In a record-breaking achievement, Ethiopia has planted 350 million trees in a single day on Monday. Prime Minister Abiy Ahmed led the project aiming to counter the impact of deforestation and climate change in the drought-prone country, reports The Guardian.

Ethiopia’s ‘Green Legacy’ initiative

The tree planting is a part of a larger initiative. The national ‘green legacy’ initiative aims to grow 4 billion trees in the country this summer by encouraging every citizen to plant at least 40 seedlings. To ensure the participation of all citizens, public offices were also shut down.

Ethiopia’s forest cover has drastically reduced over the years. A century ago it was 35% and since the 2000s it has reduced to only 4%. In light of this, the tree planting initiative in the country seems to be the need of the hour.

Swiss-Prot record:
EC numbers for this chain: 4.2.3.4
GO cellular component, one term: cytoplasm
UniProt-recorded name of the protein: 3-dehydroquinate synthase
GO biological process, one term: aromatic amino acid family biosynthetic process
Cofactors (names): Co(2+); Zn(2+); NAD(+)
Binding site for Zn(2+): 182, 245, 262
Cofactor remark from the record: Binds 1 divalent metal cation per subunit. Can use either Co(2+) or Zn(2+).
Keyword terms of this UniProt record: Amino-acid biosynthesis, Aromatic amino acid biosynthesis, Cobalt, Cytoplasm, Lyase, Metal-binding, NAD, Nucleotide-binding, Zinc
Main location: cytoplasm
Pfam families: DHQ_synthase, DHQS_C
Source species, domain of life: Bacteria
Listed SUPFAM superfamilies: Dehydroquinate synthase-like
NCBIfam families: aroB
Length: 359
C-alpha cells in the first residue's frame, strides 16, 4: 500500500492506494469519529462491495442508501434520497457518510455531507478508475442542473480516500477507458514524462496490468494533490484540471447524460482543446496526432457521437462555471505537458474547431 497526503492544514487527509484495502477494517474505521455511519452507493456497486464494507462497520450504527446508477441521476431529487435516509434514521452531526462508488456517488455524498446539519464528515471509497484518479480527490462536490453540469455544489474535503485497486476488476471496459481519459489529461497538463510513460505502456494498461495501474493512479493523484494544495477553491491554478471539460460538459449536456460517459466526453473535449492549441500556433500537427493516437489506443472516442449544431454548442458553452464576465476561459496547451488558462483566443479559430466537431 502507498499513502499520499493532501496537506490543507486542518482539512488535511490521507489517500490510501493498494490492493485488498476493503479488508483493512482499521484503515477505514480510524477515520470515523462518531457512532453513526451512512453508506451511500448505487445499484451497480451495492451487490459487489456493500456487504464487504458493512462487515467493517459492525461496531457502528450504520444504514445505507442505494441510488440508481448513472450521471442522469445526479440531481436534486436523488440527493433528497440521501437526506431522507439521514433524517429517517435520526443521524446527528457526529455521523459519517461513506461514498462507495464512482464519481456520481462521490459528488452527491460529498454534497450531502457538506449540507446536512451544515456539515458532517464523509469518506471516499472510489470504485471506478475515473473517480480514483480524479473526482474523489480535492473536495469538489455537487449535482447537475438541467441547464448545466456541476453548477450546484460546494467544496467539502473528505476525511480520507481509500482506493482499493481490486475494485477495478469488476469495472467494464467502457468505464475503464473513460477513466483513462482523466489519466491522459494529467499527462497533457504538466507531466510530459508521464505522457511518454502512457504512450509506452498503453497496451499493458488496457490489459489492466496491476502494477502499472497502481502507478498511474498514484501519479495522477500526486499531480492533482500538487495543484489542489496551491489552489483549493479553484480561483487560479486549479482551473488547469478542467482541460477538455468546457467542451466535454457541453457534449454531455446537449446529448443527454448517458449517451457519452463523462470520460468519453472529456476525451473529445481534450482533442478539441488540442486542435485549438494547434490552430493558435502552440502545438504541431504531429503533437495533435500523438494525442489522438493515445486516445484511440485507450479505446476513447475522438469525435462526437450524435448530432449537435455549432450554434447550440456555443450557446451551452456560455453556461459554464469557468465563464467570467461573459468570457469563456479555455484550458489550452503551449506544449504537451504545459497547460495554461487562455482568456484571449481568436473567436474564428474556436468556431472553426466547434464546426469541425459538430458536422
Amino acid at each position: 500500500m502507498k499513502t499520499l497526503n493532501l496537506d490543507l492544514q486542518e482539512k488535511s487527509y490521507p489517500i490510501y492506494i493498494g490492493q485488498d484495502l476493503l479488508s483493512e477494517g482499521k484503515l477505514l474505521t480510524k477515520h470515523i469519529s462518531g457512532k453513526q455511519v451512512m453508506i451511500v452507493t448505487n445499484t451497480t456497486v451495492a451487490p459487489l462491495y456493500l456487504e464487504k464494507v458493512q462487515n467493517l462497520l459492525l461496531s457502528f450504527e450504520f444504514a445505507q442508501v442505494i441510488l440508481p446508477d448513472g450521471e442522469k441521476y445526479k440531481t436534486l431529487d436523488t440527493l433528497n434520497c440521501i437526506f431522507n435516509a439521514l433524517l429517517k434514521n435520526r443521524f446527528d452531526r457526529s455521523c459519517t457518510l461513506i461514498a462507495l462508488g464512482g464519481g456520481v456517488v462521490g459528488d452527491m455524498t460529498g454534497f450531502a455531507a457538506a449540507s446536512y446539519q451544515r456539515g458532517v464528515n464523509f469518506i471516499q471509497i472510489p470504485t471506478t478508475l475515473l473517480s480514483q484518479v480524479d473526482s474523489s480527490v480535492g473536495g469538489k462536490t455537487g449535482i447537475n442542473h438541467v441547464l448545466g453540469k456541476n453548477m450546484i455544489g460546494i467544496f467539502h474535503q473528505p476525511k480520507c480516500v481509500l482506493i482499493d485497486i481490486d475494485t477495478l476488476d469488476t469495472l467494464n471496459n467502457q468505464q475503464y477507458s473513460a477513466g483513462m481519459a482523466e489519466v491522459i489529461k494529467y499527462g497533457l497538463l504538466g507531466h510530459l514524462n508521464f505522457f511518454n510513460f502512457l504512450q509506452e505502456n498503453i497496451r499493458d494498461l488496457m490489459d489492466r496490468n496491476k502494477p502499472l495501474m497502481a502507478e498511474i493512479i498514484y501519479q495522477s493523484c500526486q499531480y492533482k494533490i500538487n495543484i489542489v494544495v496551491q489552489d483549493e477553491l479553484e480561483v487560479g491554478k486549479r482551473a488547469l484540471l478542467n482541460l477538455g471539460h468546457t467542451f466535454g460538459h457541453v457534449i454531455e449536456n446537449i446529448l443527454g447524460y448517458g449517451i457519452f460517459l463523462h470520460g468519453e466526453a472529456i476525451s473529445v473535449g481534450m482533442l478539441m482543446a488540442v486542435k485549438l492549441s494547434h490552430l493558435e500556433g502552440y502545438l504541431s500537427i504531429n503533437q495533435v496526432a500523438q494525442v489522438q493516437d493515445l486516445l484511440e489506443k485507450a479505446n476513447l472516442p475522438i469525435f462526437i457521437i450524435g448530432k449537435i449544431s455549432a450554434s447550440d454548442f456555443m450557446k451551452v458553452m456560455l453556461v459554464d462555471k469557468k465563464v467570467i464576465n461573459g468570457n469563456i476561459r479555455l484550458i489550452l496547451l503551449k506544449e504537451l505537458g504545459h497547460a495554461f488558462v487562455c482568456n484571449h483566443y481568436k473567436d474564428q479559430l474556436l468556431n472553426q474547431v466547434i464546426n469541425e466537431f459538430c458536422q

Dr Getahun Mekuria, Ethiopia’s minister of innovation and technology tweeted estimates of the number of trees planted throughout the day. By the end of Monday, the number was at 353 million.

In 2016, India broke the record for planting the most trees in one day. Citizens planted a total of 50 million trees on that specific day. Ethiopia’s new record has surpassed that of India’s by a huge margin.

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Why trees are essential to battle climate change

Climate change has accelerated rapidly over the last few decades which is why trees are necessary to mitigate it. Dr Dan Ridley-Ellis, the head of the centre for wood science and technology at Edinburgh Napier University, said: “Trees not only help mitigate climate change by absorbing the carbon dioxide in the air, but they also have huge benefits in combating desertification and land degradation, particularly in arid countries. They also provide food, shelter, fuel, fodder, medicine, materials and protection of the water supply.”

However, while the world is applauding Ethiopia’s remarkable feat, critics of the Prime Minister don’t feel the same way. They believe that Abiy Ahmed is using the campaign to distract the public from the challenges his government is facing. These include ethnic conflicts which have forced some 2.5 million people from their homes.


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